Digiday+ Research: Publishers know the economy will hurt ad sales, but they won’t increase discounts
Publishers also overwhelmingly agree that the current state of the economy will dampen ad sales through the end of this year and even into next year — but that doesn’t mean they’ll offer steeper discounts on ad prices. This is according to a survey of 64 publisher professionals conducted this fall by Digiday+ Research.
Digiday’s survey found that, of the publishers who sell ads (which is almost all of them — or 96%), slightly more than two-thirds of them (67%) agree either somewhat or strongly that the current economic climate will hurt their ad sales during the fourth quarter of this year. This percentage is not a small amount, but an even bigger number of publishers are concerned about next year. Eighty-five percent of publisher pros said they agree somewhat or strongly that ad sales will be hurt into next year, with only 17% saying they’re not concerned about how the economy will affect ad sales in 2023.
Interestingly, however, publishers’ pessimism toward how ad sales will shake out through the end of this year and into next year isn’t translating into discounts on ad prices, Digiday’s survey found. Nearly half (44%) of respondents said they disagreed somewhat or strongly that they will discount ad prices more aggressively in the face of the economic downturn. And more than a third (38%) said they neither agree nor disagree that they will, indicating that a good number of publishers are still unsure about how the economy will affect ad prices and discounts.
These results are particularly interesting considering Digiday’s recent coverage on publishers’ holiday plans for ad sale discounts, in which respondents indicated they are ready to try a little bit of everything when it comes to ad sales activations. It’s possible that publishers are looking for quality ad sales over quantity in choosing to potentially not offer steeper discounts in the face of a possible recession — but it’s also possible that publishers just don’t quite know yet how they’ll handle a prolonged downturn.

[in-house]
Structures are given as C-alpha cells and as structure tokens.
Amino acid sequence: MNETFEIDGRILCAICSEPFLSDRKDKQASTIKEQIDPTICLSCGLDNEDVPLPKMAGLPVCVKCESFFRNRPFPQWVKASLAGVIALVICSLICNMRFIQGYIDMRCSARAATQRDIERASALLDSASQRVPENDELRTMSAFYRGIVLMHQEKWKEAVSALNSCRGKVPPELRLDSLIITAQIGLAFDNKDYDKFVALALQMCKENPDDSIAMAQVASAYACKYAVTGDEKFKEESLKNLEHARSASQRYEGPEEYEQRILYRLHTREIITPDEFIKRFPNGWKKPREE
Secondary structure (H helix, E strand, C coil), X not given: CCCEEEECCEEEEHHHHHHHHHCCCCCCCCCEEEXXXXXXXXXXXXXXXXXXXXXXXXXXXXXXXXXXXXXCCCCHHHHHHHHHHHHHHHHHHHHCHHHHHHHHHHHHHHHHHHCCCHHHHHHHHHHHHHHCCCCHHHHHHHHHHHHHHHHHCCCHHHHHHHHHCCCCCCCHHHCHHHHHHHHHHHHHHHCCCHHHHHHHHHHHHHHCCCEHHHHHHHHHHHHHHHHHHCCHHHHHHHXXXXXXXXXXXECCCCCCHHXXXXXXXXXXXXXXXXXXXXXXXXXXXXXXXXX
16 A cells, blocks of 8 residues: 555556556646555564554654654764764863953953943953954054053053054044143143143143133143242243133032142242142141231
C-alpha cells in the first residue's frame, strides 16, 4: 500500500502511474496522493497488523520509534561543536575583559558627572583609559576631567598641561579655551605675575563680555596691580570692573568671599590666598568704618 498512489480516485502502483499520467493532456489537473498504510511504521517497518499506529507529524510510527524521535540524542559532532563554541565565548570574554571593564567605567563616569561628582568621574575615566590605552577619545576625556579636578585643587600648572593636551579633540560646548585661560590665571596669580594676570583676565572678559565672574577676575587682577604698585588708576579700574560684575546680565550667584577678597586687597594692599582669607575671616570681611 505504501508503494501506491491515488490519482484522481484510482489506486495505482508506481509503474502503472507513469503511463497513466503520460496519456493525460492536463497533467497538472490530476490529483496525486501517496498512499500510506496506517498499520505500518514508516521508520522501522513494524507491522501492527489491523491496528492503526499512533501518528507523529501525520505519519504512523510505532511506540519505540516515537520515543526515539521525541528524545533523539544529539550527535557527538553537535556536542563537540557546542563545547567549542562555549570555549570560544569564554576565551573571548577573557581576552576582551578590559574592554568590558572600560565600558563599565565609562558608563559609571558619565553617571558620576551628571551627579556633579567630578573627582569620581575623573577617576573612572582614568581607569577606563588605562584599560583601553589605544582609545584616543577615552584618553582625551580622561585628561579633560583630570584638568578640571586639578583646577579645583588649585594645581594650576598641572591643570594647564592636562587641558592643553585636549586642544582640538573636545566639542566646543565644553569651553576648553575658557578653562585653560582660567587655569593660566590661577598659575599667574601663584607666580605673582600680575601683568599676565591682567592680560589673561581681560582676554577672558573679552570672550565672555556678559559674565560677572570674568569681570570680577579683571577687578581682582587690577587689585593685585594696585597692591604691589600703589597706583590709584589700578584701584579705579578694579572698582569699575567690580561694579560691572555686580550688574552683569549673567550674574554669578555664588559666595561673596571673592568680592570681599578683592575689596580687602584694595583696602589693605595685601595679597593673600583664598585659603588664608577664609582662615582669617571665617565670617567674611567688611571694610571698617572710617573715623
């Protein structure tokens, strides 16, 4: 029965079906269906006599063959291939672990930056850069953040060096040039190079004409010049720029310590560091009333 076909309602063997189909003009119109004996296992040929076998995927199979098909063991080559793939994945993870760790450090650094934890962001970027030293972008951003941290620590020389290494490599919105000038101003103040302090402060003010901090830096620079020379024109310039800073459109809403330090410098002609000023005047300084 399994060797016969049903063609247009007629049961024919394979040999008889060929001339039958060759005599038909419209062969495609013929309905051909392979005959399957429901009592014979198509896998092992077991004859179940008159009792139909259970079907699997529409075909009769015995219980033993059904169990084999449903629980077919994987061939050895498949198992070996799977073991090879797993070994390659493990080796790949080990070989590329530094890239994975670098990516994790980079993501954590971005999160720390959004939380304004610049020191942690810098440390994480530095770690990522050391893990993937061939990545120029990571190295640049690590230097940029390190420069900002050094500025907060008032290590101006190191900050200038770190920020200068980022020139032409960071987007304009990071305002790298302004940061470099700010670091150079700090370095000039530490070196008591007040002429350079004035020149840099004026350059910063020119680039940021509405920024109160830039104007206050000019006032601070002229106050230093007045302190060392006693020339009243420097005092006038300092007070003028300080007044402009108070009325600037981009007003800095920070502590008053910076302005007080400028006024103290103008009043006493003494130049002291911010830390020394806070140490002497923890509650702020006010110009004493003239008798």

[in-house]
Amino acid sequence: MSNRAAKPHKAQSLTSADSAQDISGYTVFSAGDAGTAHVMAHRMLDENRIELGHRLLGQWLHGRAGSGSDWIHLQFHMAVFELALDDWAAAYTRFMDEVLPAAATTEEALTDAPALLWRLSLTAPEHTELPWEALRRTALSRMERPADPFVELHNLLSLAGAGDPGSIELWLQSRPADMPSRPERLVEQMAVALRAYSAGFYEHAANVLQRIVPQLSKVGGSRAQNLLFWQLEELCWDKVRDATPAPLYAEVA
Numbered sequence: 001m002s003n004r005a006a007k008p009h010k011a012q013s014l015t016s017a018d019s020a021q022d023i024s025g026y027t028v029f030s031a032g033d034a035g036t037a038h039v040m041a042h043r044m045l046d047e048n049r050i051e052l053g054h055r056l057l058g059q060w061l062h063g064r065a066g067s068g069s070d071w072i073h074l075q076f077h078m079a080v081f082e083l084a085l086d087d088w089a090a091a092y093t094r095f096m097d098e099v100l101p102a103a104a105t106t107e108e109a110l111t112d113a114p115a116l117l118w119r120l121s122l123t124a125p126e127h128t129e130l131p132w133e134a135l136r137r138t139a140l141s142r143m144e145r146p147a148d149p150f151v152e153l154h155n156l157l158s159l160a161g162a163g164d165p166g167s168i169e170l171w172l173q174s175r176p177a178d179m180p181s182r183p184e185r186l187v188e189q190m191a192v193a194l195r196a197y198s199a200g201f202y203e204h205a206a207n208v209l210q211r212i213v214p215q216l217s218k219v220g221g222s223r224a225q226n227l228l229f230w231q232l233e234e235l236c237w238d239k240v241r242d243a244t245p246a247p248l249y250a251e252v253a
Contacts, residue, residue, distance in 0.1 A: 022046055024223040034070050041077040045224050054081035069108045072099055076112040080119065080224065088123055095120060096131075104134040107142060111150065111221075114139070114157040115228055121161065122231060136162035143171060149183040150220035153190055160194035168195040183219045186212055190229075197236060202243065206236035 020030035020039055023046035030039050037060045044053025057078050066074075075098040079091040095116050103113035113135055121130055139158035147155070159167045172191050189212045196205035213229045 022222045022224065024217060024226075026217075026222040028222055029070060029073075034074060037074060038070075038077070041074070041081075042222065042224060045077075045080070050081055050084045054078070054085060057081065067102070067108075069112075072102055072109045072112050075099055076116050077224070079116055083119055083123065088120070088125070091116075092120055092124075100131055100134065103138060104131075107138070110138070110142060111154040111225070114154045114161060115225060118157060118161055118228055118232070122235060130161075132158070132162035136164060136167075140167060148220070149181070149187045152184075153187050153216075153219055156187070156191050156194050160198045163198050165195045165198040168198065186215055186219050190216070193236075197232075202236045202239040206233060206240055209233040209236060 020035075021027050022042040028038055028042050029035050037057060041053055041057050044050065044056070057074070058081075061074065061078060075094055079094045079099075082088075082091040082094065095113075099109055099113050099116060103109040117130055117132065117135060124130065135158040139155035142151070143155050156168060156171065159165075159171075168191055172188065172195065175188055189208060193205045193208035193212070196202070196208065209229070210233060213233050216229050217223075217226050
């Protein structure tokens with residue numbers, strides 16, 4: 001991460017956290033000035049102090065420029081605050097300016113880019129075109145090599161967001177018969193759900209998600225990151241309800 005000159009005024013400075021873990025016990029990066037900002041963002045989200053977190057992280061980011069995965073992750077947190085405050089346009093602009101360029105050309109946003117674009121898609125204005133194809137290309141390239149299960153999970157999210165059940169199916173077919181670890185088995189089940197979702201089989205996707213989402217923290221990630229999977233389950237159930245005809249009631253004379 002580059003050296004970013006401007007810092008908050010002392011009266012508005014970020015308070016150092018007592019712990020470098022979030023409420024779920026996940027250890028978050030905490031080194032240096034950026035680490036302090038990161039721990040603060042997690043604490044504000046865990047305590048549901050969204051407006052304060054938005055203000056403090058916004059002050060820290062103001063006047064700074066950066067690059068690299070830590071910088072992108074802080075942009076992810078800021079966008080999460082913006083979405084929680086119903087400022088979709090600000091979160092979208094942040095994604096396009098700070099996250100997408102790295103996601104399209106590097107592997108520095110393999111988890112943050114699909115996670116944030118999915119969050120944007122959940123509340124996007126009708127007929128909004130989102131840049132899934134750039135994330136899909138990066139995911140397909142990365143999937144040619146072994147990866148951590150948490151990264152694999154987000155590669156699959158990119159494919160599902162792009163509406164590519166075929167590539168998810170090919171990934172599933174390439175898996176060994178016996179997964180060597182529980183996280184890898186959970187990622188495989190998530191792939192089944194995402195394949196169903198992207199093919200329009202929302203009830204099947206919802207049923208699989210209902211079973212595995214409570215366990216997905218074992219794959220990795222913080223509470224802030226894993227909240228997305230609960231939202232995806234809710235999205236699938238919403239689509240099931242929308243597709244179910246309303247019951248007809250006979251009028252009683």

Interested in sharing your perspectives on the media and marketing industries? Join the Digiday research panel.
The Washington Post invests in climate coverage as its team expands to over 30 journalists
The Post's climate team continues to expand as the publisher makes big bets on the beat drawing younger audiences.
Inside one media company’s strategy to monetize the Fifa World Cup
Soccer media business Footballco has spent most of 2022 trying to make hay while the sun is shining.
Publishers continue to evaluate cost-cutting in Q4, with economic and budgetary pressures mounting
The wave of cost-cutting measures in Q3 is still flowing into Q4, with publishers under pressure to keep expenses down at a time of continuing economic uncertainty and budget planning.
SponsoredHow brands are measuring incremental performance on CTV
Connected TV is unique among other advertising channels because it combines linear television’s storytelling capabilities with digital marketing’s targeting and measurement. As more marketers leverage CTV advertisements to reach relevant and engaged audiences, they also want to understand the real value they are generating with their investment. Incrementality reporting and measurement allow advertisers to measure […]
A new entrant in the data-driven linear TV measurement space aims to fill a gap left by Microsoft’s Xandr
As Xandr shuts down its Clypd platform, datafuelX's M3 SaaS product aims to solve some of the multi-currency, multi-platform problems with investing in convergent TV today.
Member ExclusiveDigiday’s 2022 Media Agency Report Analysis: The state and future of the media agency, client spending, staffing and beyond
Digiday staffers revealed the full results of the report and answered viewer questions for Digiday+ members on November 2.